Partially subtitled Deputy Tokyo is not immune to the “Western gaze” – there are narrative ripples of “isn’t the American fearless and wonderful?” – but it doesn’t happen as often as you might fear. The Japanese characters are compelling, and there’s a concerted attempt to show a less crowded Tokyo behind the scenes, beyond even the seedy, violent underbelly. After an uneven start, the story – a grim ’90s noir saga about organized crime, drugs, sex and suicide – takes on the flavors of Jim Thompson-hits-Japan. I ended up investing properly in Deputy Tokyowondering how it would turn out.
big boys is a six-part semi-autobiographical new Channel 4 comedy, written and created by comedian Jack Rooke (Happy man). Directed by Jim Archer, it stars Dylan Llewellyn (James in Derry Girls) as Jack, who is gay, insecure, and flounders in romantic co-dependency with his mother (Camille Coduri) after his father’s death.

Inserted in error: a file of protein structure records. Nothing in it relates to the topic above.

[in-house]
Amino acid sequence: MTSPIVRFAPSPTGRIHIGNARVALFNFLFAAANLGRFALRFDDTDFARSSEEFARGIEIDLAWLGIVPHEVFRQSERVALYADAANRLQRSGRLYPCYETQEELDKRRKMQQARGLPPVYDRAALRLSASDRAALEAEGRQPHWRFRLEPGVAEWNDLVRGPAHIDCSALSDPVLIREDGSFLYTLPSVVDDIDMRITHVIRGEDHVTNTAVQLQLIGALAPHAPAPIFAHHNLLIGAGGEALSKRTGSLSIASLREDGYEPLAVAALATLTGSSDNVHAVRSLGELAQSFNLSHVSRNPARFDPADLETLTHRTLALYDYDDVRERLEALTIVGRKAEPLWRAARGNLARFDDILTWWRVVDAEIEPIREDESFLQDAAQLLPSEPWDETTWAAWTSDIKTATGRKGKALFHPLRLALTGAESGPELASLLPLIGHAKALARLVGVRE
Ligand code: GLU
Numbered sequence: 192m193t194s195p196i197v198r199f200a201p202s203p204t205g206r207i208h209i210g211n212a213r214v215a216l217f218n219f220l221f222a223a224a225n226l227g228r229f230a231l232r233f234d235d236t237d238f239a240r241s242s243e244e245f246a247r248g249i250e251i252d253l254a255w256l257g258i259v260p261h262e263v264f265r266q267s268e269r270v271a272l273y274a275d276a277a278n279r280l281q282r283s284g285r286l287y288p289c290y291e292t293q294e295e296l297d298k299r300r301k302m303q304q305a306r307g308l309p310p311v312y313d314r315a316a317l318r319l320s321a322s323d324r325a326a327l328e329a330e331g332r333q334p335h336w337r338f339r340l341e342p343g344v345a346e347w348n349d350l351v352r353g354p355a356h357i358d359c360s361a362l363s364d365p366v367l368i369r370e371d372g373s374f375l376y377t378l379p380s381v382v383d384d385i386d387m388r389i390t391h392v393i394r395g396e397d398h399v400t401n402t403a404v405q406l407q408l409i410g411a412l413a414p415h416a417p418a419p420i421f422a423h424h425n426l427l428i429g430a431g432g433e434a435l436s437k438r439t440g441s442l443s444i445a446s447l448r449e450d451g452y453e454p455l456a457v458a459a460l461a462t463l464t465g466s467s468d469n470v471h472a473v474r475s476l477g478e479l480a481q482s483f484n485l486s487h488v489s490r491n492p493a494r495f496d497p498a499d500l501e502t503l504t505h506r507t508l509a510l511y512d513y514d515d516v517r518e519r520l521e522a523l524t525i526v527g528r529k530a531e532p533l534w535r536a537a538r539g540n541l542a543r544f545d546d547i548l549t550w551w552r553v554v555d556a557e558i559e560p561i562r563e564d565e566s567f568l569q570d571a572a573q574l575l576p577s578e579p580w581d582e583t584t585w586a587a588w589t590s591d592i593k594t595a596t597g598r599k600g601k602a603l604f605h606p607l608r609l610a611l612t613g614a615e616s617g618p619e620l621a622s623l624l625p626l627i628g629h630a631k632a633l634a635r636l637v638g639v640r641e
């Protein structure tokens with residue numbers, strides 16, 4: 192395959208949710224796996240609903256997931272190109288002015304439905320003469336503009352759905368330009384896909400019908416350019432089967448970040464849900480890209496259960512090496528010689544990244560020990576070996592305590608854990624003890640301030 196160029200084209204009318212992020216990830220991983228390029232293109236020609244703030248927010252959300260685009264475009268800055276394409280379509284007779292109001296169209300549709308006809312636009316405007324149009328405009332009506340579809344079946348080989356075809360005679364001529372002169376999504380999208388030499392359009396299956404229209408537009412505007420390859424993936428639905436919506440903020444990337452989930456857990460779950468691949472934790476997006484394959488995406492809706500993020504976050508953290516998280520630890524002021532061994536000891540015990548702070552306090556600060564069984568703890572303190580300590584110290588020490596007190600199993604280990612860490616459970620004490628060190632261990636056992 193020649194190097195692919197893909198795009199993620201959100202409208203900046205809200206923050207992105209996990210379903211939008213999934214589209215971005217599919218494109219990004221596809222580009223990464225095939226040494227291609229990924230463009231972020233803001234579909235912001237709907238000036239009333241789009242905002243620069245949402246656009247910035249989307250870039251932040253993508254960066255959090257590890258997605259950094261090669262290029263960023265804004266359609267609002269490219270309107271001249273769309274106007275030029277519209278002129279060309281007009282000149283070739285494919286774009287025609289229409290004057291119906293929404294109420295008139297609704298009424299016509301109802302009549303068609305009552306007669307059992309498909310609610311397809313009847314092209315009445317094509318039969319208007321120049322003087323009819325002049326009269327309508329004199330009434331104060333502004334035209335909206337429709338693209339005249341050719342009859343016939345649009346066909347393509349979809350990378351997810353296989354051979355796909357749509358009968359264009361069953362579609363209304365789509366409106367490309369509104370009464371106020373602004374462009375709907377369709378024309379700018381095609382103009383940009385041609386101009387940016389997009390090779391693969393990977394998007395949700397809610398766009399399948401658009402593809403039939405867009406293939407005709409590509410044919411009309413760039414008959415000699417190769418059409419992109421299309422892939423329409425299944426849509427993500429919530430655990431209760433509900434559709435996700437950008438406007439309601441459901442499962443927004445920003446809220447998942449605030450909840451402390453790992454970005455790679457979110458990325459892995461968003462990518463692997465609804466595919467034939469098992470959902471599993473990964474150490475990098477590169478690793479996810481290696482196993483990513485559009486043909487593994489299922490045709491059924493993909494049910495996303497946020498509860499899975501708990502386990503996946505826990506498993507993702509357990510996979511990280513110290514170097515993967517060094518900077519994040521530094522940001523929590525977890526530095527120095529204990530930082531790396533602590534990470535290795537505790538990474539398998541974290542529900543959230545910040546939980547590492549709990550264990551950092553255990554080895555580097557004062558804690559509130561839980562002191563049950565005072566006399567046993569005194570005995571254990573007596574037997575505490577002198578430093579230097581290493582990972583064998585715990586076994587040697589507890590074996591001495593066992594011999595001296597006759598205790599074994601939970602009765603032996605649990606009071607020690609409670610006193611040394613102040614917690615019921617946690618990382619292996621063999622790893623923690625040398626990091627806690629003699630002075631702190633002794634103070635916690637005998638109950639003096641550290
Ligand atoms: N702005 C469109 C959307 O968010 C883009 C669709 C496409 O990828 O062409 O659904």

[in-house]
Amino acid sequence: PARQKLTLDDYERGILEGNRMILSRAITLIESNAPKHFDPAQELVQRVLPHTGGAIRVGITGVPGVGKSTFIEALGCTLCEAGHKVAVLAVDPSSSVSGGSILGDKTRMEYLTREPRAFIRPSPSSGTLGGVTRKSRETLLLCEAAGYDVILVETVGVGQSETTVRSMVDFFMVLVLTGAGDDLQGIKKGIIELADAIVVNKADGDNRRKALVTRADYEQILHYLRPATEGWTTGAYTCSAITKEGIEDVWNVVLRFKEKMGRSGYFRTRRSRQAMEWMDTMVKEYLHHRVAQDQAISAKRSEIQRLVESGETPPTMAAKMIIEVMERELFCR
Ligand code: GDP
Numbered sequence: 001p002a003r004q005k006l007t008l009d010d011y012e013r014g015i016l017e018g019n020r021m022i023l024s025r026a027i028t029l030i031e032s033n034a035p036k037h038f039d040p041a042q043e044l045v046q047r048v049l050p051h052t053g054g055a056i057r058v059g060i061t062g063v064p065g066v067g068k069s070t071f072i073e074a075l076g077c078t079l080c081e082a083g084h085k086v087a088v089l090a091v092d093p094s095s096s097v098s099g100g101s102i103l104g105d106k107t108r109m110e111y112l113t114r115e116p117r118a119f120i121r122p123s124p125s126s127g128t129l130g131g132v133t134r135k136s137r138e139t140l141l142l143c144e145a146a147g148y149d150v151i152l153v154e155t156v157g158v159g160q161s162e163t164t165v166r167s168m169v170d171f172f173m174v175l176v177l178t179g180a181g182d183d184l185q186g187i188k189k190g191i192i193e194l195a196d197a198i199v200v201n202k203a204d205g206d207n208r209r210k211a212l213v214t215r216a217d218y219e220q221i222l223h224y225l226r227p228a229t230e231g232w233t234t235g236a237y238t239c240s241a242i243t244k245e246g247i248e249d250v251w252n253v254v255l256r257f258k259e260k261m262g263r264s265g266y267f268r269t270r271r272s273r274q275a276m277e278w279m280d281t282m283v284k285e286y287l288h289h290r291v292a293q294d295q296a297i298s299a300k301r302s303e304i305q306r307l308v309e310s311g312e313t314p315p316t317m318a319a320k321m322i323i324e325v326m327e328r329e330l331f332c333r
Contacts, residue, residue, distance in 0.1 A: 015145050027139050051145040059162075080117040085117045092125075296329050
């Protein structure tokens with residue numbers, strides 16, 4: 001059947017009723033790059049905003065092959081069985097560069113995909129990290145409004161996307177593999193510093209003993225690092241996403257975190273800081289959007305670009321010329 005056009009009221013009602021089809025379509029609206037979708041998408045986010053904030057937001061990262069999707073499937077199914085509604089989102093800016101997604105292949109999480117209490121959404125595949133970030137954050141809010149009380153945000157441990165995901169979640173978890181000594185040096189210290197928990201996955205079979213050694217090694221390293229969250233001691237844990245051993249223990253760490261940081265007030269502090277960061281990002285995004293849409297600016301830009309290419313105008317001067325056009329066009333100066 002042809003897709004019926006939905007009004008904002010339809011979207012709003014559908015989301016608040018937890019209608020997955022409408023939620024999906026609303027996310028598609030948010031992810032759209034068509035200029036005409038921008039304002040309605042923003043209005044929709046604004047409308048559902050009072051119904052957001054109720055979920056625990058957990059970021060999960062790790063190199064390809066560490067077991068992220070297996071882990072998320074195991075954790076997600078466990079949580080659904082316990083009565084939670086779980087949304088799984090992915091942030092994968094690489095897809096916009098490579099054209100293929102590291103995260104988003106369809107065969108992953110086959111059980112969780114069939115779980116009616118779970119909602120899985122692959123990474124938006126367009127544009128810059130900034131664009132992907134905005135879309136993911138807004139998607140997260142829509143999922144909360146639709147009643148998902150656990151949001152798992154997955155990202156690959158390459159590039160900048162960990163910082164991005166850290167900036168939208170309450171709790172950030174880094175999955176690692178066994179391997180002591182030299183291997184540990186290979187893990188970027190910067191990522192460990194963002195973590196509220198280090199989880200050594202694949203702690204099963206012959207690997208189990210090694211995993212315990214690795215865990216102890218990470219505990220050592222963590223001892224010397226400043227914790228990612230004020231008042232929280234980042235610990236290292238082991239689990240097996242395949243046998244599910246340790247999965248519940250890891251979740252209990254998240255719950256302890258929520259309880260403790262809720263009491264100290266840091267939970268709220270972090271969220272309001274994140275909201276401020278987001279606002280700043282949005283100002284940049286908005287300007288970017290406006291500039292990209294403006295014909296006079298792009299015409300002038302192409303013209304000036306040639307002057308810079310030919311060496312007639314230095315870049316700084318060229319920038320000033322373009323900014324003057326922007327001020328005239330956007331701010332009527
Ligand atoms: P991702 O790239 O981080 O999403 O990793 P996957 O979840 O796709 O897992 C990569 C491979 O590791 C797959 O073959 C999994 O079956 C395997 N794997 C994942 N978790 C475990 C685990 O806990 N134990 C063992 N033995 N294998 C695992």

Finally arriving at Brent University, Jack, who has the fashion sense of a particularly extravagant Build-A-Bear creation, befriends Danny (Jon Pointing), a boy on the outside but mentally brittle. The opening double episode rips through cooler campus life (“You can’t call yourself working class unless you’ve burned the roof of your mouth on a Greggs”), and Jack’s first LGBTQ+ party: “You drank poppers?” big boys can be a tough scruffy run (think Fresh meat after downing a few boxes of cut-price wine), but I enjoyed its tigger spirit and unreserved embrace of difficult themes. Here’s a comedy that’s not afraid to bounce around in the dark.
What else am I watching
Obi Wan Kenobi
This star wars The spin-off series sees Ewan McGregor don the legendary flowing dresses to reprise his role on the big screen. Science fiction fans: may the force and the Disney+ subscription be with you.
Troy Deeney: where is my story?
Birmingham striker Troy Deeney is a passionate advocate for black history to become compulsory in the UK school curriculum. Formerly excluded from school, having become a father himself, he includes young black activists in the debate.
In 2021, this new comedy series released a super fresh pilot that left me feeling like I was 200 and counting. Using humor, music and street style, it follows the antics of a group of students in a school’s Student Guidance Unit and their ever-patient teachers.